Jenks City Hall is located at 211 North Elm Street, Jenks, OK 74037; phone: 918-556-7410.
Jenks like most other communities in the state and nation was geographically located at an auspicious point on a major transportation route. A cooperative agreement between the Midland Valley Railroad and the Midland Valley Townsite Company established the community site along the railroad which was constructed in 1904 between Tulsa and Muskogee. The future community's location was further enhanced by the proximity of the Arkansas River, which was navigable by shallow draft steamboats when the river level was high. The new town was most influenced by the railroad though, and took its name from a director of the railroad who lived in Philadelphia. There are other unconfirmed stories, however, that claim the settlement was named in honor of a railroad conductor or engineer or for a contractor who built the train depot or for an early doctor who resided in the area.
The Midland Valley Townsite Company filed the original townsite plat on July 15, 1905, but the townsite was sold to the Illinois Townsite Company soon thereafter. Lots were inexpensive at that time and ownership of lots changed frequently, sometimes during poker games. To promote the sale of lots, one Realtor sold shares of a nearby oil lease located near the mouth of Polecat Creek. No oil was found on the lease, however. Early promoters of land sales in the area also planned a baseball game to attract land buyers. The game was to be played on August 3, 1905, between Bixby area men and a team composed of men living near the Jenks depot. Influenced by a liberal amount of liquor, a free-for-all brawl ensued from an argument between two contestants over a $2 bet. Genteel spectators who came to witness the sporting event were shocked by the "swearing, carousing, and fighting". The game was never finished, and U.S. Marshalls quelled the "more enthusiastic participants" using the barrels of their Winchester rifles as clubs.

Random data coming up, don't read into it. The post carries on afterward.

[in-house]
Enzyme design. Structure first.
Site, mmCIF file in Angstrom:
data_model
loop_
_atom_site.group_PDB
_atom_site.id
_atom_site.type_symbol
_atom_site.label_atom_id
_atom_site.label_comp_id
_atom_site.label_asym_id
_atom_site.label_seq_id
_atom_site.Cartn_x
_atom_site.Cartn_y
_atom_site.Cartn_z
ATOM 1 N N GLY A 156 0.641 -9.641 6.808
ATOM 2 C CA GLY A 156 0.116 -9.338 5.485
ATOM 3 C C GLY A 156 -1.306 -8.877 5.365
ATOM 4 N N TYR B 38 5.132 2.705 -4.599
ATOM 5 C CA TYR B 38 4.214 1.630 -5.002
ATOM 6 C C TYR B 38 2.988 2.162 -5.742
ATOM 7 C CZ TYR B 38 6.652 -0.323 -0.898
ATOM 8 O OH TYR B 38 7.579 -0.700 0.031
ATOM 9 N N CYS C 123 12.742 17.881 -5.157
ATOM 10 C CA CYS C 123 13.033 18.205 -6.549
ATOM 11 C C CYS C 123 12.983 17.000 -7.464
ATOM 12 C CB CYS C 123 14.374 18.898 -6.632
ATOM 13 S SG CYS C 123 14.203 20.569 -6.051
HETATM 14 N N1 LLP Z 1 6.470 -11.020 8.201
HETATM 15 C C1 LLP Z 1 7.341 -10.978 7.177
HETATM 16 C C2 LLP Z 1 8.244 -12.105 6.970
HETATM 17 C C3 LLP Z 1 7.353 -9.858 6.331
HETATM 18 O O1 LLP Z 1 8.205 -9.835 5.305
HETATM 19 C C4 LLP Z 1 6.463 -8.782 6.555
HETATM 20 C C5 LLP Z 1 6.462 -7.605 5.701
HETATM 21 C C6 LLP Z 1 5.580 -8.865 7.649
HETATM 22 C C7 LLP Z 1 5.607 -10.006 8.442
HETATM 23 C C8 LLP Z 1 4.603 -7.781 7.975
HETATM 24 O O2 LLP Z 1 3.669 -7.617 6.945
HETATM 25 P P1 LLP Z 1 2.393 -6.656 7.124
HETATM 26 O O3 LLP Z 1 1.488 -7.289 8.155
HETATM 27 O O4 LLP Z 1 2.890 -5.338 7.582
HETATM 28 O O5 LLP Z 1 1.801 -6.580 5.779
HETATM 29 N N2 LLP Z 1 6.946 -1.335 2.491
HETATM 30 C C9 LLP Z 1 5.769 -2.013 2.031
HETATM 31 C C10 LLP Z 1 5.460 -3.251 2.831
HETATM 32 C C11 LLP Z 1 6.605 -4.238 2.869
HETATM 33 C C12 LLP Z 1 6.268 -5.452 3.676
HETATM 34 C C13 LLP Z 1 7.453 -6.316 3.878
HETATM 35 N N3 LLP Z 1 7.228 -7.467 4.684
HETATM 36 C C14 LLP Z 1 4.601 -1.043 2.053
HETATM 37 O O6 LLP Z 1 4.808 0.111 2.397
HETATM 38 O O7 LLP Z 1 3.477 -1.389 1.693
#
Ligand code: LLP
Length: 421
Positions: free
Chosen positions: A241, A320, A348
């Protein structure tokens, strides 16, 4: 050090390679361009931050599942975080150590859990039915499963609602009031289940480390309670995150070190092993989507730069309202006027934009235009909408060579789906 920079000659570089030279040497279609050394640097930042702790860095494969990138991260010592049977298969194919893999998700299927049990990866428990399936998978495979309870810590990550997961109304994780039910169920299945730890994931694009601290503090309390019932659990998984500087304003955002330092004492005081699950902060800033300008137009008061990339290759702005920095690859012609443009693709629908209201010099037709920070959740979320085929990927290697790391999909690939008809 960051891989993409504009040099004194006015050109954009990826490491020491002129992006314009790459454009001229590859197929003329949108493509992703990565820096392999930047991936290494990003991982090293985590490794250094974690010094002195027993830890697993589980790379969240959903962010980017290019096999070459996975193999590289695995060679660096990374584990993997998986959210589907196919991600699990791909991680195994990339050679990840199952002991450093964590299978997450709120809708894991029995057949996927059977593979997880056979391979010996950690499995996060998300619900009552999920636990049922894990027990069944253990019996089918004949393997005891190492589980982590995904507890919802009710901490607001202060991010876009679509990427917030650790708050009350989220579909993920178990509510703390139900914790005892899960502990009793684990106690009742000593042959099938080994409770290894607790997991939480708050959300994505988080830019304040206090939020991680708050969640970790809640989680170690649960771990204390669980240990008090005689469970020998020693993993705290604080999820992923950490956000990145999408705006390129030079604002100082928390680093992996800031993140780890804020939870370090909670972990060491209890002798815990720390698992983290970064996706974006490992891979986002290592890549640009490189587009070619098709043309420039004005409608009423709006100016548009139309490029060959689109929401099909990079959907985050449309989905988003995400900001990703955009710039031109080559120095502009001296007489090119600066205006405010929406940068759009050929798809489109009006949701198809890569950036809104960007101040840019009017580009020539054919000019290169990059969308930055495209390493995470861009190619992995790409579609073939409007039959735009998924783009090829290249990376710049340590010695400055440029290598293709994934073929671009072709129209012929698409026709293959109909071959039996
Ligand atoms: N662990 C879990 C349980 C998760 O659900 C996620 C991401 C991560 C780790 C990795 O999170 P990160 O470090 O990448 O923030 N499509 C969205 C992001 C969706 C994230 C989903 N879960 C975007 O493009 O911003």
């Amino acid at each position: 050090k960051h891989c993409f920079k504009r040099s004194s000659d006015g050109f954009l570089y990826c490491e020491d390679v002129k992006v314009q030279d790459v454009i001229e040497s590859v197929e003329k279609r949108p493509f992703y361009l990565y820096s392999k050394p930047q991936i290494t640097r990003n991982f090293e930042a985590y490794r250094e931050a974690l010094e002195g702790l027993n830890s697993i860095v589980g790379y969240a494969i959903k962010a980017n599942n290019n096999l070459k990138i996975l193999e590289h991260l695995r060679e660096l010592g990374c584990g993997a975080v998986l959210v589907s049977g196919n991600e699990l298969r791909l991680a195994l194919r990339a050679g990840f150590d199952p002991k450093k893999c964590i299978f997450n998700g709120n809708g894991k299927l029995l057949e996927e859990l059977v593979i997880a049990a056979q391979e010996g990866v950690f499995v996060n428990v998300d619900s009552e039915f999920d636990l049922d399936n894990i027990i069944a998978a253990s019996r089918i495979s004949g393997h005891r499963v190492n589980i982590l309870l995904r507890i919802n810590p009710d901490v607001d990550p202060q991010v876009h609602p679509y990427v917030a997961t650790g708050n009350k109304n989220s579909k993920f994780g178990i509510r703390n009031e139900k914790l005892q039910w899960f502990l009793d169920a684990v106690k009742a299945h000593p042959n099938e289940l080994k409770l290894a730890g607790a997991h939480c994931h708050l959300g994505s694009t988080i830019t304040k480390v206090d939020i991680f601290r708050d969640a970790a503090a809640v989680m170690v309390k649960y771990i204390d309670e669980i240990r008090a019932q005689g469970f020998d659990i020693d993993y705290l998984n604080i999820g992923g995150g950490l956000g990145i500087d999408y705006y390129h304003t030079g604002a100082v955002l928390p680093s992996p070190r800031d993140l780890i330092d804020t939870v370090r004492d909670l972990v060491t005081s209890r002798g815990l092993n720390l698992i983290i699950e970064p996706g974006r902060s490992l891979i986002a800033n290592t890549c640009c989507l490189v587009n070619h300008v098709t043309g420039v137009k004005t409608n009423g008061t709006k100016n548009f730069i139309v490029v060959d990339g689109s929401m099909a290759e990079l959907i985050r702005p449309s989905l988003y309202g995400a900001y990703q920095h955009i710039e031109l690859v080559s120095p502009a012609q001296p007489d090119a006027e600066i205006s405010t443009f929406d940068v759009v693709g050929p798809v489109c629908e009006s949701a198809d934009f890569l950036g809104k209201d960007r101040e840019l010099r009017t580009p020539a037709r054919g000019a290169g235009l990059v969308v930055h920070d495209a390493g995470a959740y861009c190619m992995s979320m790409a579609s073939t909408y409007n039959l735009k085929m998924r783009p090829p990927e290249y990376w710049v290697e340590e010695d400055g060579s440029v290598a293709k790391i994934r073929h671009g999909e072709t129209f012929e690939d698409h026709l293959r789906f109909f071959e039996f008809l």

The discovery of oil near Glenpool late in 1905 greatly affected Jenks' early development, and at the height of the oil boom the railroad station at Jenks did nearly $100,000 of business a month. In 1906 oil tank farms were constructed near Jenks to store oil from area oil fields. The expensive tank farms increased the area property valuation and contributed considerable revenue to the Jenks School District. Jenks experienced a rapid growth in 1906 due to the Glenpool oil discovery and boom. To meet the needs of an increasing population, a non- denominational Church was started, and services were held in the Jenks depot. New business and the first bank were also established in 1906. Not all of the early business enterprises were successful; a sawmill opened in 1906 failed two years later.
In 1908, Baptist and Methodist churches were founded in Jenks and the first public school was opened. Jenks' first damaging flood occurred in 1908; another serious flood followed in 1923, and floods continued to plague the city until the Jenks levee was completed in 1949. A disastrous tank farm fire probably caused by lightning also occurred in 1908. In 1909, an unpaved highway was built and connected Jenks to Tulsa, and a bridge was constructed across the Arkansas River.
Agriculture, oil and the railroad were the primary economic forces in the town's early history. Cotton was a major crop, and a cotton gin was opened in 1909. Cotton continued to be a major crop until 1915. A feed mill and a grain elevator were built in 1909, but both businesses soon failed.
Oil was discovered near Jenks in 1912, and petroleum extraction and distribution were thereby established as primary industries in the town. As nearby oil fields played out, however, tank farms were dismantled, and farming regained importance. The role of agriculture in the area was further strengthened with the immigration to the Jenks area of sizable settlement of Bulgarian farmers and their families in the 1920's. Truck farming, livestock production, and dairying became the dominant activities.
Throughout Jenks history the Jenks schools have played an influential role as an institution around which the community was unified.